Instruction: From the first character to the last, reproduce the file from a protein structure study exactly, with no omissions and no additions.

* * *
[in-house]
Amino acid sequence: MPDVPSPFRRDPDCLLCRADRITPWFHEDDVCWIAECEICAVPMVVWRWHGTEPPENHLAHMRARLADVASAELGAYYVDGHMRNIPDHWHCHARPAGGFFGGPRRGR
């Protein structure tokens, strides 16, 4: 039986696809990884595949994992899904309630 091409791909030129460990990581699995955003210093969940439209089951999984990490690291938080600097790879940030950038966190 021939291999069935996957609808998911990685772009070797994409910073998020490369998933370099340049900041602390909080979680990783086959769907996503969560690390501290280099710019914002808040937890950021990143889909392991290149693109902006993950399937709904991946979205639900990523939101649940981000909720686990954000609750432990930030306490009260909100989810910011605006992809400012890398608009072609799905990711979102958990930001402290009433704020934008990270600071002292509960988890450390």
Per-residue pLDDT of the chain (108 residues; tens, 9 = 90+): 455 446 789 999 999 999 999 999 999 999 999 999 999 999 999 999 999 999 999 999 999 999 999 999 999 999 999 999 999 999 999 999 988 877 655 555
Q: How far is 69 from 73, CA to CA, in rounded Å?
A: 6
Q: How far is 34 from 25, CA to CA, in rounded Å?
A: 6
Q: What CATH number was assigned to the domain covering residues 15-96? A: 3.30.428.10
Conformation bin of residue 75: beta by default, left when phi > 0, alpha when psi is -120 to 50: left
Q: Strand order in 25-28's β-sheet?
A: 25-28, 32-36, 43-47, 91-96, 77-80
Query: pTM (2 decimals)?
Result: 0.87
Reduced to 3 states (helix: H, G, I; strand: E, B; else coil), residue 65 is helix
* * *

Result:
[in-house]
Amino acid sequence: MPDVPSPFRRDPDCLLCRADRITPWFHEDDVCWIAECEICAVPMVVWRWHGTEPPENHLAHMRARLADVASAELGAYYVDGHMRNIPDHWHCHARPAGGFFGGPRRGR
């Protein structure tokens, strides 16, 4: 039986696809990884595949994992899904309630 091409791909030129460990990581699995955003210093969940439209089951999984990490690291938080600097790879940030950038966190 021939291999069935996957609808998911990685772009070797994409910073998020490369998933370099340049900041602390909080979680990783086959769907996503969560690390501290280099710019914002808040937890950021990143889909392991290149693109902006993950399937709904991946979205639900990523939101649940981000909720686990954000609750432990930030306490009260909100989810910011605006992809400012890398608009072609799905990711979102958990930001402290009433704020934008990270600071002292509960988890450390």
Per-residue pLDDT of the chain (108 residues; tens, 9 = 90+): 455 446 789 999 999 999 999 999 999 999 999 999 999 999 999 999 999 999 999 999 999 999 999 999 999 999 999 999 999 999 999 999 988 877 655 555
Q: How far is 69 from 73, CA to CA, in rounded Å?
A: 6
Q: How far is 34 from 25, CA to CA, in rounded Å?
A: 6
Q: What CATH number was assigned to the domain covering residues 15-96? A: 3.30.428.10
Conformation bin of residue 75: beta by default, left when phi > 0, alpha when psi is -120 to 50: left
Q: Strand order in 25-28's β-sheet?
A: 25-28, 32-36, 43-47, 91-96, 77-80
Query: pTM (2 decimals)?
Result: 0.87
Reduced to 3 states (helix: H, G, I; strand: E, B; else coil), residue 65 is helix